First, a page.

On the dedicated, longtime custom high-performance catamaran side there is Skater Powerboats, perhaps the best-known brand in the market segment, which builds full-size cats from 38 to 52 feet long. Fast doesn’t even being to describe—a 43-foot Skater cat with Mercury Racing dual-calibration 1550/1350 engines in 1,350 HP mode recently reached 180 MPH.
But there are great options beyond Skater, of course. MTI builds full-size cats from 38 to 52 feet. Mystic has 44- and 50-footers in its line. DCB Performance Boats just added a 44-footer, which is the company’s largest offering to date.
How much will you spend? Engine power and other options tend to dictate the final price, but you won’t touch anything new for less than $500,000 is this market segment.
Moving on from boat category, let's look at some other factors—first, engines. Obviously, this is a rather important feature in a speed boat. But remember that sheer power is not the end-all be-all item to consider. Reliability and longevity are two things that many speed boat buyers tend to disregard, at their peril.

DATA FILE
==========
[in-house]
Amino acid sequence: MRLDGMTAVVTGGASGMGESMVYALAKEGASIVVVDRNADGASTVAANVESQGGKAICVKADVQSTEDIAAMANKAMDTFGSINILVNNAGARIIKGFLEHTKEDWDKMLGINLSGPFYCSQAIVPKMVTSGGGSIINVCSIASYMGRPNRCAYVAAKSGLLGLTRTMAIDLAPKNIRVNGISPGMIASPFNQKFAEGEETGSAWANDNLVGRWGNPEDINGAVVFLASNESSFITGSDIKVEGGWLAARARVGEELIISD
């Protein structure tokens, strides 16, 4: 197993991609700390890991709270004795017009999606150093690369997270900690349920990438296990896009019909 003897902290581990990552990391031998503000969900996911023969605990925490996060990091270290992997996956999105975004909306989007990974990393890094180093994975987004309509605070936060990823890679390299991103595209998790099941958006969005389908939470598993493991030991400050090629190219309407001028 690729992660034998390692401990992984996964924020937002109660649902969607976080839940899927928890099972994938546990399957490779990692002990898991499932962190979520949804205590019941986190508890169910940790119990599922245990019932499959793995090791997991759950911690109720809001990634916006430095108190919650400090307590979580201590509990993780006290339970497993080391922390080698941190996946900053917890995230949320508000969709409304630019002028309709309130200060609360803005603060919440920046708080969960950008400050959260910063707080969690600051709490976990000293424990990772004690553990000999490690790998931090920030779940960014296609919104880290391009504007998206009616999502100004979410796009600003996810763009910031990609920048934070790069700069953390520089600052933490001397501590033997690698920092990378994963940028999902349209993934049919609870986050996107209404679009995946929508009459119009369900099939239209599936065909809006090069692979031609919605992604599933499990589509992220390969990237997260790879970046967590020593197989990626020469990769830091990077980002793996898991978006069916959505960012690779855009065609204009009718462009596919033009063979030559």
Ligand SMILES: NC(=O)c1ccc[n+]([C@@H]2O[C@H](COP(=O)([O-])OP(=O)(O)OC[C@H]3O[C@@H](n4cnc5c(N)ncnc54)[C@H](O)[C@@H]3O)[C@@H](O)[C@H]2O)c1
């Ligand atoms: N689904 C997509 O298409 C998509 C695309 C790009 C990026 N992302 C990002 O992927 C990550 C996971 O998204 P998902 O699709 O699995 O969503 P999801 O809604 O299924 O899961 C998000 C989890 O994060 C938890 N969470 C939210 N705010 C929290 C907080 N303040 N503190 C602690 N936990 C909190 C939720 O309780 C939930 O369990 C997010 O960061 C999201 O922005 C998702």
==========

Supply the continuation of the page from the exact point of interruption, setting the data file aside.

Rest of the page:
Many speed boat engines are designed to run fast, run hard, and live a short life. That’s why most come with a very short warranty—usually no more than a year and/or 100 hours of operation, and sometimes as little as 10 hours of operation. As a boat buyer, obviously, you need to recognize the risk. If you’re buying new, remember that you may need to do major repairs or even replace a powerplant in just a year or two, and you need a financial plan that takes this into consideration—more than one speed boat has been purchased, used for a short period of time, then sat neglected because the owner didn’t want to or couldn’t afford to pay for a new engine. And if you’re buying a used speed boat, you’ll be well served by shelling out a few bucks to pay a marine mechanic to examine the powerplant (and drive unit(s), when applicable), prior to making a purchase.